Shocked diamonds in agglutinated foraminifera from the Cretaceous/Paleogene Boundary, Italy - a preliminary report.
In: Kaminski, M. A. and Coccioni, R., (eds.)
Proceedings of the Seventh International Workshop on Agglutinated Foraminifera.
(pp. pp. 57-60).
The Grzybowski Foundation: London, UK.
Washed acid residues from rock samples taken at measured intervals across the Cretaceous/Paleogene boundary (KPB) section at Monte Cònero, Italy, were examined for agglutinated foraminifera to assess their ability to select heavy mineral phases. Examination with scanning electron microscopy (SEM) and electron microprobe has enabled us to identify minerals comprising the outer walls of several agglutinated foraminiferal species, including Psammosphaera fusca, and Reophax cf. parvulus. Modern representatives of these genera are known to preferentially agglutinate heavy minerals. Because of this curious behaviour, we postulated that heavy detrital minerals, including impact ejecta, would have been scavenged by these organisms and incorporated into their tests. We have identified microdiamond likely formed by impact, together with distinctive Ni-Co-rich mineral residues in agglutinated foraminifera from the KPB clay, and also from specimens sampled both above and below the boundary clay. This is the first reported occurrence of impact-related microdiamond associated with the KPB discovered outside North America. We conclude that scavenging of ejecta grains by agglutinated foraminifera is an important process for subsequent bioturbation and redistribution of the ejecta material. The grain-size distribution of the microdiamond is consistent with impact diamond formed uniquely as ejecta from the Chicxulub Crater, but further work is needed.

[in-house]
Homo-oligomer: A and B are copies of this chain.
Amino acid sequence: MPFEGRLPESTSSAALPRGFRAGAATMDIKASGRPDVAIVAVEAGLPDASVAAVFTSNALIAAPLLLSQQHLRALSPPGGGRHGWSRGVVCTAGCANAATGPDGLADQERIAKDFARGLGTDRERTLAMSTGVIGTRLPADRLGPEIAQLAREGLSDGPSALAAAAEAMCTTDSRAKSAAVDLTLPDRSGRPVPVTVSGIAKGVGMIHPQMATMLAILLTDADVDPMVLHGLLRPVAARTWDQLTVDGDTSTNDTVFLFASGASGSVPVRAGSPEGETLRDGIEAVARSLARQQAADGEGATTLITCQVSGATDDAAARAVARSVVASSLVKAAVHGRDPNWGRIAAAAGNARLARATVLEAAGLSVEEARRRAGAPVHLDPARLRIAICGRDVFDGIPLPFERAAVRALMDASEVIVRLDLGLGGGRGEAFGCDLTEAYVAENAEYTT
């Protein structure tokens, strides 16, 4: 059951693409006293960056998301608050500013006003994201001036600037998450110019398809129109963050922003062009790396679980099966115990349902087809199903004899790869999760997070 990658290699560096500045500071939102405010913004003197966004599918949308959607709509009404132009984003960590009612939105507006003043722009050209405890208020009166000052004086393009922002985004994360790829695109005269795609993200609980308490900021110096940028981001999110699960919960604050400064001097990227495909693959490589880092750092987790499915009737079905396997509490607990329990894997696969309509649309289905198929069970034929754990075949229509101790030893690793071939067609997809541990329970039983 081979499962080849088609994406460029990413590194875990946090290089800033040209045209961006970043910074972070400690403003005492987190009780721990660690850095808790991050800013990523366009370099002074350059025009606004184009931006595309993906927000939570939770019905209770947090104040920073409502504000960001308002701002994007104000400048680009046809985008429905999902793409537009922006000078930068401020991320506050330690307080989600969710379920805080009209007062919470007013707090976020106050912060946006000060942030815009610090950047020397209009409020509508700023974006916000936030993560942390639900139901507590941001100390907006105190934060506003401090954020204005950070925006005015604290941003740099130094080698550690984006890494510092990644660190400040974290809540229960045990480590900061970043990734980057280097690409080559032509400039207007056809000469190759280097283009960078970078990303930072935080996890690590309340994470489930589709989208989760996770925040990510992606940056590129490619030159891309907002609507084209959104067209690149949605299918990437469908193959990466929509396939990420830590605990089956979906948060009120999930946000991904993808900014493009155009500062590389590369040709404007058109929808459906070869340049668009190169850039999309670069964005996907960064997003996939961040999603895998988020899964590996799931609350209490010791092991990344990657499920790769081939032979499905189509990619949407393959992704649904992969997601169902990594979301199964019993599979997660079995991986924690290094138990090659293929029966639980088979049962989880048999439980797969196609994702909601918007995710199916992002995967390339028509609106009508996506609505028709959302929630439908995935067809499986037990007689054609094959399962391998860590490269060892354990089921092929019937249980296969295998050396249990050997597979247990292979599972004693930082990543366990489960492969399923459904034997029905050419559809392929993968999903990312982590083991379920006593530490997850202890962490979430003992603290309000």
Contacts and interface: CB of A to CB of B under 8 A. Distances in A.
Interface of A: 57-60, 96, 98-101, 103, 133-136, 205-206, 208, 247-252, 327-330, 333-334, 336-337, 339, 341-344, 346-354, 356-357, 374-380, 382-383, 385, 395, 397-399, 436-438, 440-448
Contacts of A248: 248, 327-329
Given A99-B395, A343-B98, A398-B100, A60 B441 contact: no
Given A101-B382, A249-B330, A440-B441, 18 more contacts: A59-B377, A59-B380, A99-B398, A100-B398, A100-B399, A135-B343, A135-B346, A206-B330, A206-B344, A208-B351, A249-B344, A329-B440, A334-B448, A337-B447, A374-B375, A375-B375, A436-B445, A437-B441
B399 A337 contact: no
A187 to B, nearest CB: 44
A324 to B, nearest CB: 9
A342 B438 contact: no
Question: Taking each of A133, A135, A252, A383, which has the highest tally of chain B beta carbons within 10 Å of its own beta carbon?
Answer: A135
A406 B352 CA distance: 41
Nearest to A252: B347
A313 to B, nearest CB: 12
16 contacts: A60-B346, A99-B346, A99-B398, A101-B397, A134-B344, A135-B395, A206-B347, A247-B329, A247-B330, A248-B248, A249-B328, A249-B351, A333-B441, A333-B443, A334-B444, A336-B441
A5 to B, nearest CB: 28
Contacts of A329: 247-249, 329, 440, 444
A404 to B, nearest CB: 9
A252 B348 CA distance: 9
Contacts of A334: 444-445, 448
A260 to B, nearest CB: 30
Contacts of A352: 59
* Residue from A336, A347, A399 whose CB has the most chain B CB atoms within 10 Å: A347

|Title:||Shocked diamonds in agglutinated foraminifera from the Cretaceous/Paleogene Boundary, Italy - a preliminary report|
|Open access status:||An open access version is available from UCL Discovery|
|UCL classification:||UCL > School of BEAMS > Faculty of Maths and Physical Sciences > Earth Sciences|
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